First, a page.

What struck me as most significant in my ongoing thinking is Halperin’s extended development of abjection as one feature of gay male subjectivity and as, perhaps, a possible way out of the psychologization of gay men’s motives. Moving from Warner to Jean Genet, Halperin builds an notion of abjection that rejects the search for intentionality (a psychological category), evades pathologization, and which becomes a survival or life-affirming social strategy for the abjected. Because abjection is an effect of social interaction (see note 4 below), it eschews the easy psychologization of gay male behavior and foregrounds gay male behavior is emergent in social contexts. Yes and yes.
Halperin’s insights are manifold in this rich section of the book. Here I list those that were most salient to me as I read. First, Warner points to and Halperin fleshes out how the insistence on “Gay Pride” can actually serve to deepen the shame gay men feel about their desires and practices, by re-relegating them to the closet in contra-distinction to an out-and-proud gay-maleness. Second, Halperin turns to a right-wing French writer, Marcel Jouhandeau, who extolled the virtues of social abjection and, in particular, humiliation at being different: Jouhandeau (and later, Genet) turn abjection on its head, into a kind of sacrilization of abjection. To tease this out, thirdly, Halperin explicates two scenes from Jean Genet’s opus, in which Genet depicts social abjection, humiliation, as a process and where the abjected, humiliated subject responds by resignifying the abjection as either a source of pleasure or as the signifying source of his difference. In Halperin’s interpretation, Genet’s narrators find freedom precisely by identifying with their abjection and embracing it, refusing its deleterious effects and instead creating for themselves a re-signifying and life-affirming defiance. The more they are humiliated, the more defiant and ecstatic the narrators become. Genet’s narrative insists that loving someone who is humiliated (socially abject) requires the loving of their abjection itself.
In my research on the 1960s, I found a significant amount of what Halperin calls the “glorification” or “saintliness” of abjection. I encountered gay men in the mid-1960s who were intensely frustrated with the growing gay publicity, as it encroached on their own pleasure in abjection, their reversal and refusal of abjection in the seeking out of sexual encounters in parks, public restrooms, and rest stops. These gay men loved and cherished their furtive, secretive, stealthy sex lives; and they found in them a meaningful gayness that was being shut down (at least in San Francisco) by the publicity forming gay rights movement. I also found it in the writings of drag queens and leather daddies who were resisting the gay libbers’, who argued (and protested) against them, claiming that to do drag or dig leather and bondage was to live in false-consciousness and self-hatred.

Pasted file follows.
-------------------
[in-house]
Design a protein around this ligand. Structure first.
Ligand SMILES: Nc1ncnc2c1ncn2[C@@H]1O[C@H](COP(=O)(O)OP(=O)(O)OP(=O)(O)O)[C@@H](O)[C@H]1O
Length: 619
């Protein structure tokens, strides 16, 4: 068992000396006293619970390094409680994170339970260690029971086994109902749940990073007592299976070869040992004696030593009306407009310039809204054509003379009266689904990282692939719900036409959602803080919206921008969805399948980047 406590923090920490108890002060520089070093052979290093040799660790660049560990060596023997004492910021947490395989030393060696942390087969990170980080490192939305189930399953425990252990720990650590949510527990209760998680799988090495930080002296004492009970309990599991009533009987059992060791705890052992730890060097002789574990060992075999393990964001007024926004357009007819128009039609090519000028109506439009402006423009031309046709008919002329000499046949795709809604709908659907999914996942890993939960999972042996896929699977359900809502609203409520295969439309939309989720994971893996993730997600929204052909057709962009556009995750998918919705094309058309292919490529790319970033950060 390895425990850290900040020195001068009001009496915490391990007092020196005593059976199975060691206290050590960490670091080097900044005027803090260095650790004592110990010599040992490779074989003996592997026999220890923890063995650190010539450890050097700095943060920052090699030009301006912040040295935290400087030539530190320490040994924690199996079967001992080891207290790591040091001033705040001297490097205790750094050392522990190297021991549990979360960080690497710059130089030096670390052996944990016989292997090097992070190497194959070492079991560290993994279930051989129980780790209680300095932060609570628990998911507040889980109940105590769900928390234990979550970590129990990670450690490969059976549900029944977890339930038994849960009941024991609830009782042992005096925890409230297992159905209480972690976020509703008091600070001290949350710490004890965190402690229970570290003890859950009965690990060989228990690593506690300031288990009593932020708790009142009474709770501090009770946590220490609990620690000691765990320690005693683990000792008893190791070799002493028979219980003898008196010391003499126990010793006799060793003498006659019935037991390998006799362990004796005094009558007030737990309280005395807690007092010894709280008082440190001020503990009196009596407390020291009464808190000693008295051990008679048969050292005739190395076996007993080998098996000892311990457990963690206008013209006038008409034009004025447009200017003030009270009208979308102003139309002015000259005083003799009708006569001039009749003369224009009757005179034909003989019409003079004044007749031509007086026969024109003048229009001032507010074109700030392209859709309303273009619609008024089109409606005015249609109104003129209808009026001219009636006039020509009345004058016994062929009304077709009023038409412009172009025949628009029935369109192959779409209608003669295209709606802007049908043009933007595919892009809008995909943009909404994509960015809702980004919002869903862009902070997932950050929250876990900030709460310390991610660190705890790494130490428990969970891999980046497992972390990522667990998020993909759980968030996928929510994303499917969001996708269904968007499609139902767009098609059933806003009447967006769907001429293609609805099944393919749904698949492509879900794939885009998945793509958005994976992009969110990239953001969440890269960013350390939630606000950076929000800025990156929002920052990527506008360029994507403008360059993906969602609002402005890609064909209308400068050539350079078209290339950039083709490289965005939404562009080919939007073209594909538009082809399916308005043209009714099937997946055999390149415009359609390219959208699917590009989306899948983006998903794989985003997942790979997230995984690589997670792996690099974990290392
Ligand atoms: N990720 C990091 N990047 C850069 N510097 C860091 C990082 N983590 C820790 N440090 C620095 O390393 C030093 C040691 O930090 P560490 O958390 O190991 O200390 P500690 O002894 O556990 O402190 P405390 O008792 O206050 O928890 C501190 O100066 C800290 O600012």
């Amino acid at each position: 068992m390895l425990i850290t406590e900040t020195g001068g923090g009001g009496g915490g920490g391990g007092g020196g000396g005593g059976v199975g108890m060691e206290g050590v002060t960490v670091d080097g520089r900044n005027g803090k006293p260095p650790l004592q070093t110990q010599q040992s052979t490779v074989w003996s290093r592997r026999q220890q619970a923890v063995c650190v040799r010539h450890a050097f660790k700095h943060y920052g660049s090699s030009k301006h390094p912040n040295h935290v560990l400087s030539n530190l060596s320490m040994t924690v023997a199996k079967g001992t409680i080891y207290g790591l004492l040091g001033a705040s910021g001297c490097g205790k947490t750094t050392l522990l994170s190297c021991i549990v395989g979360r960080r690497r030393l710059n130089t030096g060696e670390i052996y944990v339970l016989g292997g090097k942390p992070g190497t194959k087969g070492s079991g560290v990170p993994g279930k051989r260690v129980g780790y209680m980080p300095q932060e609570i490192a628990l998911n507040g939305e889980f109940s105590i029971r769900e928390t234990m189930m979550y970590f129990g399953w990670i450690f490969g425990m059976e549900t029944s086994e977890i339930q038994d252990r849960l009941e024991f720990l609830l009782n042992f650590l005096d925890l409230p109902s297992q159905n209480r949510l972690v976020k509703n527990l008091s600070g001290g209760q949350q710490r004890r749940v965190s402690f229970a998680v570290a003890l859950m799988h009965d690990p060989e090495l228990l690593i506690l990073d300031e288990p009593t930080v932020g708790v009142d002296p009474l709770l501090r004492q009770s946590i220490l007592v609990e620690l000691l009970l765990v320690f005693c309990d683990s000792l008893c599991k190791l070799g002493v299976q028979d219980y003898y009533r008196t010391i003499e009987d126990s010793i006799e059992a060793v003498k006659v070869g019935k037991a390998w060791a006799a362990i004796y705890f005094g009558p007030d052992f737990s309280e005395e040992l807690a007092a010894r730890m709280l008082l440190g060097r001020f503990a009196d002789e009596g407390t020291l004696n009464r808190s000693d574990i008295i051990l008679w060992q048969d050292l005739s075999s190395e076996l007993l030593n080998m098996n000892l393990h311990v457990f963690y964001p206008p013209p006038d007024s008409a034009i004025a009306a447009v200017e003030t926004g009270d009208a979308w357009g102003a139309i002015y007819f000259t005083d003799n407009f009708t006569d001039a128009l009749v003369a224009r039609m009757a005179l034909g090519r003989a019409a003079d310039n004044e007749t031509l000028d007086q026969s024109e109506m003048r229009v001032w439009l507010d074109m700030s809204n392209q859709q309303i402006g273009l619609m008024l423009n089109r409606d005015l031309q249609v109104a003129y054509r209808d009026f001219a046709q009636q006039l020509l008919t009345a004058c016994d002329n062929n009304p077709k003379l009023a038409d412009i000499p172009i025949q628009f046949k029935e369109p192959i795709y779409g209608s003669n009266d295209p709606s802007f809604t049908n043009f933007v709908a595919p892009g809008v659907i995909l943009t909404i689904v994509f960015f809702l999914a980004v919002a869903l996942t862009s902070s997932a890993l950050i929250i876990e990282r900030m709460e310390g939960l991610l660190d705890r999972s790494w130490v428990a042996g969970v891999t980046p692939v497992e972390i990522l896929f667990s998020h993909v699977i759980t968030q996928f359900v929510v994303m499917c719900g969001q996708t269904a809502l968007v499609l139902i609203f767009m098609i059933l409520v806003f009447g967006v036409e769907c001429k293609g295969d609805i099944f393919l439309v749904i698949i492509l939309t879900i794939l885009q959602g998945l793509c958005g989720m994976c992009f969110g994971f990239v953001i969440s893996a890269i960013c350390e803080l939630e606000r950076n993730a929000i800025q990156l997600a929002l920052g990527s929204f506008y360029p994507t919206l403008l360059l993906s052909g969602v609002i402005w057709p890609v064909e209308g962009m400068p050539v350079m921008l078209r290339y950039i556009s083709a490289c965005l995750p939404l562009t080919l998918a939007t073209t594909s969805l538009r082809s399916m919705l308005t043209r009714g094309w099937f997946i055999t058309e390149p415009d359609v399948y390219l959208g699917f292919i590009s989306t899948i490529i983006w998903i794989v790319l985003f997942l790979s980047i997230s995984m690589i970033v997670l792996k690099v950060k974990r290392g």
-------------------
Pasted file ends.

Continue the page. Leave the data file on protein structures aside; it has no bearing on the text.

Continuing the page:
But what can abjection add to the conclusion of my book? What can the idea that one possible piece of gay male subjectivity may still be, even in the 21st century, the embracing of abjection do to the struggles among gay men to control the signification of gayness? In Halperin’s description of the ways that gay men respond to abjection by intensified defiance, I find today the femme-y gay kid in high school who resists his tormentors by becoming even more gay at an even higher pitch; I find the pleasure that ex-gays find in their furtive, deeply secret rendez-vous at “de-gaying camp”; I find the professor who makes explicit sexual metaphors a part of every-day classroom analysis and takes pleasure in the shock but refuses normalizing efforts to curb his/her discourse. But defiance alone may give us nothing more than an individualized, and contextually specific gay response, and not a notion of gay communal relationships, that is, the relationship of gay men to each other as a group.
One possible reading is that, if abjection arises out of subordinated and dominated social positions of gay men vis-a-vis the larger society, then the gradual equalization of gay men institutionally and the concommitant gradual acceptance of gay men in public as such may in fact be the end of abjection, the end of what has been for decades one feature of gay male subjectivity. Indeed, this is perhaps what those gay men feared in the 1960s about gay publicity, the loss of their subjectivity. To say this differently, and in the terms I raised at the end of my book, it is possible and maybe even probable that the equalization of gays within the institutions of the society (i.e., in the law) as sought by gay publicity since the mid-1950s actually forecloses the possibility of an expansive gayness. I’m not saying anything particularly new here, as Michael Warner’s The Trouble with Normal (5) covers similar ground. But I do think that the social view that Halperin argues, combined with the interactionist view that I offer, suggests something a bit more profound than a political choice to not be normal (with apologies to Warner for my severe oversimplification here).
The problem is that gay publicity in the past 16 years since protease inhibitors has been overwhelmingly normalized. The cost of equality is a required public face that reproduces as closely as possible a de-sexualized gay-maleness that is coupled, monogamous, married, and perhaps child-rearing. The largest resistance to gay equality right now is nearly exclusively from Christians who refuse the normalization of gay-maleness (not to mention lesbianness, bi-ness and trans-ness). The social context wherein resistance is in the form of retrograde Christians’ insistence that gayness cannot be, by definition, “normal” has pushed gay politics to insist all the more vehemently that it is indeed and in fact normal.